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Tim Hansen, Dorian LPG Ltd. - Chief Commercial Officer and Director of Dorian LPG (UK) Ltd [36]

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Yes. I think these ships that has been added this year has been done, yes, a while ago, one was a new building, so contracted and termed up a few years ago. And the last one, at least, yes, 6 to 8 months ago, I think we concluded the contract. So I can see that the time charter-in has been more opportunistic, where we have seen -- where we thought the market will go and was confident to increase the exposure a bit. And then we have chartered out also you can say, to balance this a little bit and lock in a margin or if you have to have any changes in the markets to charter-out. And also, you can say the periods are different. So the time charter-out that is done through the pool is very short term. So 6 to 18 months. And then the time charter-out that we have done a store and it's more, you can say, 3-year or plus years where it's more like a financial decision to lock in something. Since locking something little bit...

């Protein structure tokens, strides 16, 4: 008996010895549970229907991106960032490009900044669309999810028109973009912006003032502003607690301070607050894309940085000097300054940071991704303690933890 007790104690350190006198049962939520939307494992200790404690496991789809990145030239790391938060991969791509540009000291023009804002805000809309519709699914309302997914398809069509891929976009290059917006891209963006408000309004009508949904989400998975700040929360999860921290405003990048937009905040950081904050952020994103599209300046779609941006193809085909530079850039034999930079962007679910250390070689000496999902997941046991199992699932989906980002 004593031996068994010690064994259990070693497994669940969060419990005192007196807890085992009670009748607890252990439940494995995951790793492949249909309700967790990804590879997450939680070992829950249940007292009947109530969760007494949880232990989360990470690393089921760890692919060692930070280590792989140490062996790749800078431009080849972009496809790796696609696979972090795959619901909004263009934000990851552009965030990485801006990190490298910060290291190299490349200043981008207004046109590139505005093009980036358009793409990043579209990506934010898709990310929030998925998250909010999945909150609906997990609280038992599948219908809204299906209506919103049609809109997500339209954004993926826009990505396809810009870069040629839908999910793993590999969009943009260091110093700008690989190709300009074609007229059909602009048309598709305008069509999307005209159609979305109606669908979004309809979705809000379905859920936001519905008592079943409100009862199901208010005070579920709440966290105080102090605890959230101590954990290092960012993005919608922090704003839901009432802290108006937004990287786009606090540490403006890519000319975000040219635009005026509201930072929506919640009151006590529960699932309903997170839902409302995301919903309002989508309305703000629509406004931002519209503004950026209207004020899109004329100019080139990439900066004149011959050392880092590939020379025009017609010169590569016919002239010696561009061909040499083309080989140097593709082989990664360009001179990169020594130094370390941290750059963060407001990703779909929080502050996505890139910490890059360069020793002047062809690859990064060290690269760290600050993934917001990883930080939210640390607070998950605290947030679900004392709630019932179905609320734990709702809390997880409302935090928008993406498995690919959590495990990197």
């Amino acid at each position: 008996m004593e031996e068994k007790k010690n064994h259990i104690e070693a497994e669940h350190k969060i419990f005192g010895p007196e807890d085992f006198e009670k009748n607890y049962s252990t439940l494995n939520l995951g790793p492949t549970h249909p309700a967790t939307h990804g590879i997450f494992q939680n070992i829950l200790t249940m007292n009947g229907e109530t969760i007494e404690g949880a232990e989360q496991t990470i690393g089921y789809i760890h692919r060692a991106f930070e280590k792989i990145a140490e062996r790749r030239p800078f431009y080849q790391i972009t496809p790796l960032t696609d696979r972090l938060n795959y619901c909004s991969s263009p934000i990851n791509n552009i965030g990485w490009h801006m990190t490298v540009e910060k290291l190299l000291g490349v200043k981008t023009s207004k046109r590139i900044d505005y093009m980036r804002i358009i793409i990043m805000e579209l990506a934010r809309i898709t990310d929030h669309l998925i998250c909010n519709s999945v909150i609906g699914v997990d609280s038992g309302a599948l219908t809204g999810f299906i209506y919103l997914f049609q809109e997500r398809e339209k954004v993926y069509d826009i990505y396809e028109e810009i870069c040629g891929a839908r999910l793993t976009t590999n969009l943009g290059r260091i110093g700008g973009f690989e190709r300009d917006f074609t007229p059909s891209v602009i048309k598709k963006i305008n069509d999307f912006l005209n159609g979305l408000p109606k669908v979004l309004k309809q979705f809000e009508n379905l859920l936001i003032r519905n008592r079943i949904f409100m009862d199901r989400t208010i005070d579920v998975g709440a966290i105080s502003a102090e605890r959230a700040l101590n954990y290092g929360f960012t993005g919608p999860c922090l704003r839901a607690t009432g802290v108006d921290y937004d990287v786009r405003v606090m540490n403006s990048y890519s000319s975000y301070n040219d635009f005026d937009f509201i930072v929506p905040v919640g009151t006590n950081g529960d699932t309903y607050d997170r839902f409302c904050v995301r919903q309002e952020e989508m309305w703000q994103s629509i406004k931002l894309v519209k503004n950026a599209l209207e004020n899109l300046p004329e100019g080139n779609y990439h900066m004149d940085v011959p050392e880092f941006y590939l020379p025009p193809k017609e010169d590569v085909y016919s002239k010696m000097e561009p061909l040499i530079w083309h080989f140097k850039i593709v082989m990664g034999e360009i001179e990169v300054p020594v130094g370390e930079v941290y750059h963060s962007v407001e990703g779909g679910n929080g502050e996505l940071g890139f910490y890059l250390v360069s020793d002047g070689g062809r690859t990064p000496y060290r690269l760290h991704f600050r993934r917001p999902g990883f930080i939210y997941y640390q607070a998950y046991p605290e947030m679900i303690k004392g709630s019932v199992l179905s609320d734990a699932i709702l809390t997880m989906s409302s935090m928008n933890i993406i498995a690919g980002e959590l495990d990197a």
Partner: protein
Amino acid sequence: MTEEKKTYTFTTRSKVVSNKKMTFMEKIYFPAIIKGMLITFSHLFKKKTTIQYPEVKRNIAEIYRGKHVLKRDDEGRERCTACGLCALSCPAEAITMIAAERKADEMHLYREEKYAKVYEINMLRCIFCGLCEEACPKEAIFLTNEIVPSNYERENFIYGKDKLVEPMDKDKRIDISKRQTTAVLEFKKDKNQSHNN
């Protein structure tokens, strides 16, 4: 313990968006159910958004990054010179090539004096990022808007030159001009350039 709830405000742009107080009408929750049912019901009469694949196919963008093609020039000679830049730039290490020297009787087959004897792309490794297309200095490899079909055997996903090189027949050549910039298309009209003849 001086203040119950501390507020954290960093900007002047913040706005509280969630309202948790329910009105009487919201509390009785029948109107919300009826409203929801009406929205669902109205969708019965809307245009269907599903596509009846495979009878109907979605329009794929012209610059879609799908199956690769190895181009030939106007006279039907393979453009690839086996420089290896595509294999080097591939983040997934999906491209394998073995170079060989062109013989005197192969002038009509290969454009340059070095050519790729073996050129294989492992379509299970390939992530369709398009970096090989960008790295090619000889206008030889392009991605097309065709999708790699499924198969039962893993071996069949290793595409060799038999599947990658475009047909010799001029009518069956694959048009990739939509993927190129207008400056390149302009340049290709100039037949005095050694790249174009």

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John C. Hadjipateras, Dorian LPG Ltd. - Chairman of the Board, President & CEO [37]

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And there is also -- I just want to add -- yes. And I just want to add, there is also a strategic element to chartering out. If a good customer requires a long-term charter, we -- there is that aspect to it as well.

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Eirik Haavaldsen, Pareto Securities, Research Division - Head of Research [38]

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Understood. But sort of -- I mean, where is the 3-year time charter today? And where was it back in February, so to say?

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John C. Hadjipateras, Dorian LPG Ltd. - Chairman of the Board, President & CEO [39]